Global private medical insurance trends are constantly evolving. However, the unprecedented spotlight on public health over the last two years has highlighted the need for efficient health cover like never before. The impact of the ongoing Covid-19 pandemic, reduced access to healthcare and a new dependence on technology will continue to transform the industry.
Accessibility to health services
As we head into 2022, arguably the biggest trend will be health insurers’ continued focus on providing their members with accessible telehealth services. The reason for this is that, leaving aside the obvious impact that Covid-19 has had on the accelerated adoption of telehealth, there are a few drivers that make telehealth a key cog in the primary care model. The first is convenience – telehealth services afford ready access to experienced doctors, and some services even take it a step forward by combining primary care with concierge-style diagnostics and prescription services, where patient samples are taken and medicines are delivered to the office or home door.
Secondly, telemedicine doctors provide the full range of primary care. They take patient histories and either prescribe treatment plans or arrange specialist referrals, after considering the physical and mental effects of a range of afflictions.
This approach is vital, particularly in a post-Covid world where we have seen an increase in the number of patients with comorbidities.
Furthermore, telehealth has the potential to drive down premium costs. While economic recovery is well underway in many regions, businesses are still watching costs. Data from vHealth, Aetna International’s telehealth service, shows that the more employees use telehealth services, the bigger the reduction in claims. Around 75 per cent of vHealth users completely resolve their condition without the need for onward care, and over 90 per cent admit they would have gone to a hospital if a remote consultation hadn’t been available
Chronic condition management
Preventative measures that will reduce the need for in-person medical care will reduce the number of claims and therefore costs
Another key emerging trend is the treatment of extant comorbidities. Through 2020 and beyond, the pandemic made it harder for patients with chronic conditions such as diabetes to keep up with their medication and regular check ups. This had the potential to cause an escalation of symptoms, leading to further medical issues. Telehealth played a vital role in delivering uninterrupted care to comorbidity patients, including diagnosis, treatment, home blood-monitoring, delivery of prescriptions and, most importantly, consultation when needed.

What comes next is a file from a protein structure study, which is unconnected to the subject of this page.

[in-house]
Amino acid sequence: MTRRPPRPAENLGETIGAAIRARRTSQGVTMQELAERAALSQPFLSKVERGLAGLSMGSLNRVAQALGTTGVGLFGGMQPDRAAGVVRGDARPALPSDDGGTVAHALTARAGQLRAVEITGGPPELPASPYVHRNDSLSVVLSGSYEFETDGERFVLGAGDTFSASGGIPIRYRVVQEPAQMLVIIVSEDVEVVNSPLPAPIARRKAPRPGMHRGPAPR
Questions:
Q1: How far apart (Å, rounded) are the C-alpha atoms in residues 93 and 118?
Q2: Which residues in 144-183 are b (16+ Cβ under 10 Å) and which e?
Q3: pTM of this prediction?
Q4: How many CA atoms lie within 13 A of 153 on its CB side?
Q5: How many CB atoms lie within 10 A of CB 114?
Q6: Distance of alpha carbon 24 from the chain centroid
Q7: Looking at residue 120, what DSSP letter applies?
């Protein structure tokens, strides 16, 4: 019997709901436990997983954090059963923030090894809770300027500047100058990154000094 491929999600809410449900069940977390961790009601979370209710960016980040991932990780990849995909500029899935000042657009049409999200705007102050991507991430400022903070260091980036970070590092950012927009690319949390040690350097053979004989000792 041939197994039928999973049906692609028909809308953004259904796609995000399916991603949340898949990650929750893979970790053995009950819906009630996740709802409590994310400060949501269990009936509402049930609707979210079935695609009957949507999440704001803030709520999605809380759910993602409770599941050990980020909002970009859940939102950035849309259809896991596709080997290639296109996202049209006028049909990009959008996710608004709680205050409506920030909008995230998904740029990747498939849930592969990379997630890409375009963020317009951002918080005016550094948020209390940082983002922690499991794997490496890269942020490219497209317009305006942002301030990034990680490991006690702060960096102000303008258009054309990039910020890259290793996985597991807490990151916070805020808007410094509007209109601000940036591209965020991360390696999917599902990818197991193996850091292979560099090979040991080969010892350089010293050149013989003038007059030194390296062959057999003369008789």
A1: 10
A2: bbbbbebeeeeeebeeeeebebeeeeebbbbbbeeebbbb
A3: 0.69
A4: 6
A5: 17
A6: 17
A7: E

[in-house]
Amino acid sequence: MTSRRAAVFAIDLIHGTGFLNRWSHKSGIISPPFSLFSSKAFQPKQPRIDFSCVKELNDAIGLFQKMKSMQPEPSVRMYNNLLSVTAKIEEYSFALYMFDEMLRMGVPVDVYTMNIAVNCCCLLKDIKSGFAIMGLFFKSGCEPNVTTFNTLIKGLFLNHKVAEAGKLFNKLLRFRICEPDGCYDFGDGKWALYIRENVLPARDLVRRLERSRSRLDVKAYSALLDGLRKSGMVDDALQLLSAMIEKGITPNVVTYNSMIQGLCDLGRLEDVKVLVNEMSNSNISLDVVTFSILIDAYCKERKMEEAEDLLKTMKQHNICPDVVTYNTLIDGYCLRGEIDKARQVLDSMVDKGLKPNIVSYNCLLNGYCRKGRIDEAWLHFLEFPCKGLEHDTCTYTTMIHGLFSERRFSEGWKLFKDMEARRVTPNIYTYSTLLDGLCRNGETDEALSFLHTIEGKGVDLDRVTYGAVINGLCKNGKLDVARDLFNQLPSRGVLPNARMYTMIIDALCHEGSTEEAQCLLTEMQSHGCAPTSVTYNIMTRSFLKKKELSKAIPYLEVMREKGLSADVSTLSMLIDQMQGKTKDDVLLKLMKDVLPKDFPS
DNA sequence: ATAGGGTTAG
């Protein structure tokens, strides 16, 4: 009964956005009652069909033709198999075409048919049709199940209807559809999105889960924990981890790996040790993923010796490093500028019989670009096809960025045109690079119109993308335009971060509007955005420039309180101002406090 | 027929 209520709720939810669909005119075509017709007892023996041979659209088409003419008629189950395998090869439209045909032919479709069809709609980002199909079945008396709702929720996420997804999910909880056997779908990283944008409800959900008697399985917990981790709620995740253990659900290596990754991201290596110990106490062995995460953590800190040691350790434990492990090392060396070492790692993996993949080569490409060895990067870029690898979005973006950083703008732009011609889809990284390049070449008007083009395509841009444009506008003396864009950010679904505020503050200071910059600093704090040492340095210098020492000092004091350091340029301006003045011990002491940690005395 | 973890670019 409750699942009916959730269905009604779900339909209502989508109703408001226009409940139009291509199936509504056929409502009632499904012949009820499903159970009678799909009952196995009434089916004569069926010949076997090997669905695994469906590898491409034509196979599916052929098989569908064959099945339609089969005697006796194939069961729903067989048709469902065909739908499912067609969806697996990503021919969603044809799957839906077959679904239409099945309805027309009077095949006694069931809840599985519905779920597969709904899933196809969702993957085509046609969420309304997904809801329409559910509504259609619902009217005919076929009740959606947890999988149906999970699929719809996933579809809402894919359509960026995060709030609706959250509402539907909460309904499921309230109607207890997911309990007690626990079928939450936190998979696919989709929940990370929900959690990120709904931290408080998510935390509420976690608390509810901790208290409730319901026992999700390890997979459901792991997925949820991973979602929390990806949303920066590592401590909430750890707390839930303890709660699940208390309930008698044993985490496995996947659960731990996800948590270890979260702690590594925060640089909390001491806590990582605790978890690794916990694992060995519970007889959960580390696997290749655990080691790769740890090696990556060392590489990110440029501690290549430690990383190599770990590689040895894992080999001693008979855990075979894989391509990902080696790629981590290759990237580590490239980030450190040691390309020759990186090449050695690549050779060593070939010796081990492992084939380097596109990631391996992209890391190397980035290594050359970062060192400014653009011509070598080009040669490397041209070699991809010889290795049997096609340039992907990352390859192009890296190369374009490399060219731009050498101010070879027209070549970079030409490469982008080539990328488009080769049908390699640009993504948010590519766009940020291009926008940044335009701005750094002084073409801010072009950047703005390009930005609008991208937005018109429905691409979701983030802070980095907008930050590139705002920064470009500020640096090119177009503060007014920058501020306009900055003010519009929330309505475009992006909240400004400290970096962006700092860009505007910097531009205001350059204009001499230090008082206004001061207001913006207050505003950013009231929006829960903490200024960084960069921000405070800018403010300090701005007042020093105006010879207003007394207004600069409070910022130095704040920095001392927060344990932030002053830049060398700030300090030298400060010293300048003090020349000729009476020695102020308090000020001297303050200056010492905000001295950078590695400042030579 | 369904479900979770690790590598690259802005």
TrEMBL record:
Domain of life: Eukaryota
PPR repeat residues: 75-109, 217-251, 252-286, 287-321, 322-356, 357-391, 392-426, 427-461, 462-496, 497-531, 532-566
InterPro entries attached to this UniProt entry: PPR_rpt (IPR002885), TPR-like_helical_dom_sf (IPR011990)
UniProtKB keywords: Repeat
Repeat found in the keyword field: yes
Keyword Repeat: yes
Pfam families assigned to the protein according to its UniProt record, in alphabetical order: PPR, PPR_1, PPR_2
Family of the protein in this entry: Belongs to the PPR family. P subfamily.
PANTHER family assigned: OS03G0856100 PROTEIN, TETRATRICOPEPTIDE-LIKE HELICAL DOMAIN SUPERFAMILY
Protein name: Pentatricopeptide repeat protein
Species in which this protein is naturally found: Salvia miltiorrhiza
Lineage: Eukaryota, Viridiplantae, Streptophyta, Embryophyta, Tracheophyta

Long Covid and related health issues is also something health insurers will need to keep an eye on in the coming months. The full impact and extent of long Covid currently remains unknown, and extremely hard to predict. Long Covid potentially presents a significant challenge for healthcare systems that could be very difficult to mitigate.
Corporate health support
In terms of corporate health benefits, the ongoing pandemic will continue to amplify the importance of good physical, mental and emotional health for employees. This means employees will have greater expectations for health insurance benefits from their employers. This is what we discovered in our research. Our ‘Polarised Perceptions of Corporate Health and Wellness’ study shows that 70 per cent of global employees feel that their mental health is most important and that they have been negatively affected during the pandemic. They expect employers to provide comprehensive mental health and well-being services as standard. Research also shows that these services are more important to employees now than previously. A real desire for digital services was also communicated. Results show that employers need to carefully choose the best comprehensive plans for their valued workforce. This should include plans that cover everything from health support, advice and guidance through to telemedicine services and the latest digital tools.
Health insurers need to offer comprehensive service solutions
Overall, many of the trends we’ve seen since the onset of the pandemic will continue into 2022. Health insurers will continue to offer all-round healthcare. We’ll see an acceleration in the roll-out of digital services, such as telehealth, driven by members’ demand for services, which will be due to convenience and safety. Preventative measures that will reduce the need for in-person medical care will reduce the number of claims and therefore costs. That being said, the continuing degree of global uncertainty indicates that the international medical insurance industry will need to continue to work in an agile way for the foreseeable future.